When you think of competing on the basis of supply chain excellence, Walmart is probably the first retailer that comes to mind. Walmart is indeed excellent, perhaps the best in the world when it comes to procurement. But I would argue that from a lean logistics perspective, BJ’s Wholesale Club is one of the best retailers in the world.
Let’s define our terms here. The operational excellence methodology known as “lean” is centered on preserving value with less work by avoiding waste. Lean speaks of the seven wastes: overproduction, unnecessary transportation, inventory, motion, defects, over processing, and waiting.
Now let’s look at these principles against what BJ’s is doing, based on logistics-related information found in the company’s 10-K filing for the period ending 1/30/2010.
“We limit the items offered in each product line to fast selling styles, sizes and colors, carrying approximately 7,000 active stock keeping units (SKUs). By contrast, supermarkets normally carry an average of 45,000 SKUs, and supercenters typically stock up to 125,000 SKUs.”
“We buy most of our merchandise from manufacturers for shipment either to a BJ’s cross-dock facility or directly to our clubs. This eliminates many of the costs associated with traditional multiple-step distribution channels, including distributors’ commissions and the costs of storing merchandise in central distribution facilities.”
Inventory represents a capital outlay that has not yet produced income. By limiting itself to fast moving goods and not storing inventory in warehouses, BJ’s reduces its inventory carrying costs.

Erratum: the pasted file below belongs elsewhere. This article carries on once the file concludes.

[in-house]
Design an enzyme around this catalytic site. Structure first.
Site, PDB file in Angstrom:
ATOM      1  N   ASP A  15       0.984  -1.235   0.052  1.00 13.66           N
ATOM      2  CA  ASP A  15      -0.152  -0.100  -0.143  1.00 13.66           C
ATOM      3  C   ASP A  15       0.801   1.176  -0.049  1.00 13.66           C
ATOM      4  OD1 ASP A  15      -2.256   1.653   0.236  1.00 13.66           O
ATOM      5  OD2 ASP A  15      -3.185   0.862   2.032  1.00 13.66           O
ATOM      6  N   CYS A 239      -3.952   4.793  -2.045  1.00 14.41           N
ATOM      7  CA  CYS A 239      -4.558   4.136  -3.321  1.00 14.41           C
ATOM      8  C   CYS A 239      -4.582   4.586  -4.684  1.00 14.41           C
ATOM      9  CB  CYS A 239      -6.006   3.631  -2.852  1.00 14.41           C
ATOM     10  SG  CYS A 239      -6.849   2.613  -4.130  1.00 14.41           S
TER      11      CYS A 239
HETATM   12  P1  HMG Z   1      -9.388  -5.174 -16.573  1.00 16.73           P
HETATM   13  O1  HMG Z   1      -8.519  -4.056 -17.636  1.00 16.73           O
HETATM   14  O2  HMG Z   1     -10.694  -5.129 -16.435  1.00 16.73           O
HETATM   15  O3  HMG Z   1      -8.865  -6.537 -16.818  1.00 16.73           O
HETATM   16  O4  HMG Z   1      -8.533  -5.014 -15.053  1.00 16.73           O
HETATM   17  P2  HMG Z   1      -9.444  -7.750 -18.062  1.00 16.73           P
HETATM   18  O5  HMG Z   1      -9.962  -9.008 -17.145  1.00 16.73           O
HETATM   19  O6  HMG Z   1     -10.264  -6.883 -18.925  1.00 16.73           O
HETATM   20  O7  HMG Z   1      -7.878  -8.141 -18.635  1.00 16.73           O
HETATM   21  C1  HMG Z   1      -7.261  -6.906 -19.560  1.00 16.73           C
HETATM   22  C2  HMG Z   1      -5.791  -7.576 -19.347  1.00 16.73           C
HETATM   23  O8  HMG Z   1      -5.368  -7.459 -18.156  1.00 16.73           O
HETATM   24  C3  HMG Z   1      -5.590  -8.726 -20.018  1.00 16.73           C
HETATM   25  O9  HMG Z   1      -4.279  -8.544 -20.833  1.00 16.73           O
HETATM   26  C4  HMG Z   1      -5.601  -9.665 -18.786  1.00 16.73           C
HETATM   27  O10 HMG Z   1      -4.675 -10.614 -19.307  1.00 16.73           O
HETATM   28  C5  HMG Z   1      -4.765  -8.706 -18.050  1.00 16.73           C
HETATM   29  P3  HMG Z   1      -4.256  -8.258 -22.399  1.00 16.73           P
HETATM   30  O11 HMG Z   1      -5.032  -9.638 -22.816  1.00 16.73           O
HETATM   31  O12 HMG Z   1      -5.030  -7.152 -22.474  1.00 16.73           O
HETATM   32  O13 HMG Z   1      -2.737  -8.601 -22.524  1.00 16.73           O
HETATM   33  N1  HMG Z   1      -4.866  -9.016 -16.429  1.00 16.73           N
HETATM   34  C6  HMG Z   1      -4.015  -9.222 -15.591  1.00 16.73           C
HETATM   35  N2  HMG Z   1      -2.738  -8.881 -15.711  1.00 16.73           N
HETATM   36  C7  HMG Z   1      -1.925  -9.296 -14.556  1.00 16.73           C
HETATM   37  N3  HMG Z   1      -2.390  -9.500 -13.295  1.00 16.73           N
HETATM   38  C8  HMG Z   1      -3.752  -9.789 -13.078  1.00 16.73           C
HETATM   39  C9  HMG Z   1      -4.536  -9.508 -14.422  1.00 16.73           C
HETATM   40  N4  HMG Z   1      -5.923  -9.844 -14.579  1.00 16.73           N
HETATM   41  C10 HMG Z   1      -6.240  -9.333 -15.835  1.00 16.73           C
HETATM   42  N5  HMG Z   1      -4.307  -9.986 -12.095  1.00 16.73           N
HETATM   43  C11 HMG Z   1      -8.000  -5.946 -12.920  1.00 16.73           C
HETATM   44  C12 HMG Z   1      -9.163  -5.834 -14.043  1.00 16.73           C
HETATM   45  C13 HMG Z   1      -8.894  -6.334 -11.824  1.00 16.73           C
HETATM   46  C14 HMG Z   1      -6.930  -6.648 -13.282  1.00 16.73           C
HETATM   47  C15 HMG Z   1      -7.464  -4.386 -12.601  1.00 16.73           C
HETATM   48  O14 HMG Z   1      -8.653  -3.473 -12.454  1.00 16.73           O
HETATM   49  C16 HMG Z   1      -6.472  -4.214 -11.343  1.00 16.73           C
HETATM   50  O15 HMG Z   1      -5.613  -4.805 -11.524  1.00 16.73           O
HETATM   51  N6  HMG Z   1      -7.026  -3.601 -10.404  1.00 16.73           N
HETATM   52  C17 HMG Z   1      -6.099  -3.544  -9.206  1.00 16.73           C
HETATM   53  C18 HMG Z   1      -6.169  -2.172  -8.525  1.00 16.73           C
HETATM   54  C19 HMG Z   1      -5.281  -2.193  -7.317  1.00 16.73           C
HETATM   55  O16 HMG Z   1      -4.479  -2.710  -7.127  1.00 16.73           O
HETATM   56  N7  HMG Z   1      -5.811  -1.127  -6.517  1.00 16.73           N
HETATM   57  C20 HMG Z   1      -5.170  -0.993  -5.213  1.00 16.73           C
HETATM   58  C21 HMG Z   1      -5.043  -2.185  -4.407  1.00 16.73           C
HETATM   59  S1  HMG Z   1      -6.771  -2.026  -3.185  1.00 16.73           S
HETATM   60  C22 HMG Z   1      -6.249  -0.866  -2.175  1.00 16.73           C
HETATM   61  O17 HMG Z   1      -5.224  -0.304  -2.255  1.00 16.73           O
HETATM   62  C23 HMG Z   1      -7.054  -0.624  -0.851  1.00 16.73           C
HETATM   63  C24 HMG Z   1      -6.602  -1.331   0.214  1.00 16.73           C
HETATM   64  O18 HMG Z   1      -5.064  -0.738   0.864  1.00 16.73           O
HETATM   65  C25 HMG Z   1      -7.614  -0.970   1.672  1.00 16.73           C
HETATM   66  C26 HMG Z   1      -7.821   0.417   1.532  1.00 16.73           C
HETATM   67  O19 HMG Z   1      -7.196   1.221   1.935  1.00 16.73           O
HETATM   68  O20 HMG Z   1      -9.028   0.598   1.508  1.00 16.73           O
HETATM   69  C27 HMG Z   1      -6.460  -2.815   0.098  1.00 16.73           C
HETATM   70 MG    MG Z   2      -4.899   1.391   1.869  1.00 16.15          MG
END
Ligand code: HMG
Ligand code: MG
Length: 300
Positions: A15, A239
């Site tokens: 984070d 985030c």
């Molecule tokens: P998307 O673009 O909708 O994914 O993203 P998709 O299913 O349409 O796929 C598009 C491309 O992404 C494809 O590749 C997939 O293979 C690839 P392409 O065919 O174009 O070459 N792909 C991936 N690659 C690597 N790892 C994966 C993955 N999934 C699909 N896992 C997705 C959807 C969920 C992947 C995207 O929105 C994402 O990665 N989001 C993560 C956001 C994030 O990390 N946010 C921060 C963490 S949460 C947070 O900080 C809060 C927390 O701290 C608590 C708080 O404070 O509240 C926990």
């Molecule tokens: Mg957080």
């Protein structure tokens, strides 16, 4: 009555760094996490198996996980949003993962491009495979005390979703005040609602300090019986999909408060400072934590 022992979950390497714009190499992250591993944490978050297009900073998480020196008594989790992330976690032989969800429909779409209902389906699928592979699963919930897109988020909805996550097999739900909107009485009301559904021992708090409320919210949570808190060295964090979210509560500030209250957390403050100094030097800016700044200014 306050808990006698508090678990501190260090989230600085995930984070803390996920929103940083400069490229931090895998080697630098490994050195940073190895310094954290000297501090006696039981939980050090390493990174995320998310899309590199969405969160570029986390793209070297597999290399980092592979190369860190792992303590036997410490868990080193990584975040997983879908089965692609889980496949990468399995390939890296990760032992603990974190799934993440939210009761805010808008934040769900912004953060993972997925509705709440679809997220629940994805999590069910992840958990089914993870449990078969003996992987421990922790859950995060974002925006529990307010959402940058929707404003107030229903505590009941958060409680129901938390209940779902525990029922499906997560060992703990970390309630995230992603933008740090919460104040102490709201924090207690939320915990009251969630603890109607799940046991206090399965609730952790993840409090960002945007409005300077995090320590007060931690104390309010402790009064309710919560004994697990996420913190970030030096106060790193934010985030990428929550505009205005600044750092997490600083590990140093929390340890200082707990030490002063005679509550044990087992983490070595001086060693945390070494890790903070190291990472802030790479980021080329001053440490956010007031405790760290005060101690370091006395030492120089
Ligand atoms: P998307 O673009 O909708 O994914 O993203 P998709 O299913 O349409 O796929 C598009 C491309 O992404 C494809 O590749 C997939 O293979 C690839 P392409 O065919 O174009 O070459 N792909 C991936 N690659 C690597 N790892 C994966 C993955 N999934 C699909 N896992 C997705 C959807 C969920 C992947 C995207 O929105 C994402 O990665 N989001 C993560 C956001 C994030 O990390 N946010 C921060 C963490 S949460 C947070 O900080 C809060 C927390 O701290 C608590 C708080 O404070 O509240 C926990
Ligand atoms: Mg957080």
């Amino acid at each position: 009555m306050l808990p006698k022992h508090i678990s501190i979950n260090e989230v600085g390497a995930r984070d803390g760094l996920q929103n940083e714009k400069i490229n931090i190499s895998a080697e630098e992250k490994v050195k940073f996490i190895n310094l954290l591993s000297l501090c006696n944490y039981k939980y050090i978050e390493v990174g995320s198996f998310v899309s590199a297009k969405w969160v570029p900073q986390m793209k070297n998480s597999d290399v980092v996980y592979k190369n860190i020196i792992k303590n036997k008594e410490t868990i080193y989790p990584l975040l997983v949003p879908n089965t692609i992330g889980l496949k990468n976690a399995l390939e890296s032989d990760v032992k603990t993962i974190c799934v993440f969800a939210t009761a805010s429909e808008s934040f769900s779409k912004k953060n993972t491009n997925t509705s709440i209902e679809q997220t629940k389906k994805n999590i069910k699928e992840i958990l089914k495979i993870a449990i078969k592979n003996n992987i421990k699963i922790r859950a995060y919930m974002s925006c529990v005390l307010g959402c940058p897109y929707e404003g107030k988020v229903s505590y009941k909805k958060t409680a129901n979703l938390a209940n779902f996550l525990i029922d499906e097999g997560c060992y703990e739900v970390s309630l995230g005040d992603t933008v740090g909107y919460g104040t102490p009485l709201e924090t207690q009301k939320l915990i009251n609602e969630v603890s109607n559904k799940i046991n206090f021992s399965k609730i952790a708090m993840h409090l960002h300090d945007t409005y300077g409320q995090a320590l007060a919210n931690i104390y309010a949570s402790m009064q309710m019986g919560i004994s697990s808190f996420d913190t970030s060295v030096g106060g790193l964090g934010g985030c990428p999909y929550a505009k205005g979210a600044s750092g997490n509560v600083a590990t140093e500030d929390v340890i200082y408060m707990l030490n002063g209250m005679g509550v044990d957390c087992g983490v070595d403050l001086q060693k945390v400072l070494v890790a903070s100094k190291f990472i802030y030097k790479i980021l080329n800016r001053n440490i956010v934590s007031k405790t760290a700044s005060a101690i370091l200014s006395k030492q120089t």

“We work closely with manufacturers to develop packaging and sizes which are best suited for selling through the warehouse club format in order to minimize handling costs and increase value to our members.”
“We work closely with manufacturers to minimize the amount of handling required once merchandise is received at a club. Merchandise for sale is generally displayed on pallets containing large quantities of each item, thereby reducing labor required for handling, stocking and restocking. Back-up merchandise is generally stored in steel racks above the sales floor.”
Over-processing occurs any time more work is done on a piece than what a customer requires.
“We route the majority of our purchases through cross-dock facilities which break down truckload quantity shipments from manufacturers and reallocate these goods for shipment to individual clubs, generally within 24 hours. Our efficient distribution systems result in reduced freight expenses and lower handling costs.”
Unnecessary transportation does not add value to the consumer. Each time a product is moved it stands the risk of being damaged, stolen, or lost.
For wholesale clubs like BJ’s, lean logistics is at the center of their value proposition; it drives lower prices for consumers. But of all the wholesale club retailers, I think BJ’s does it the best.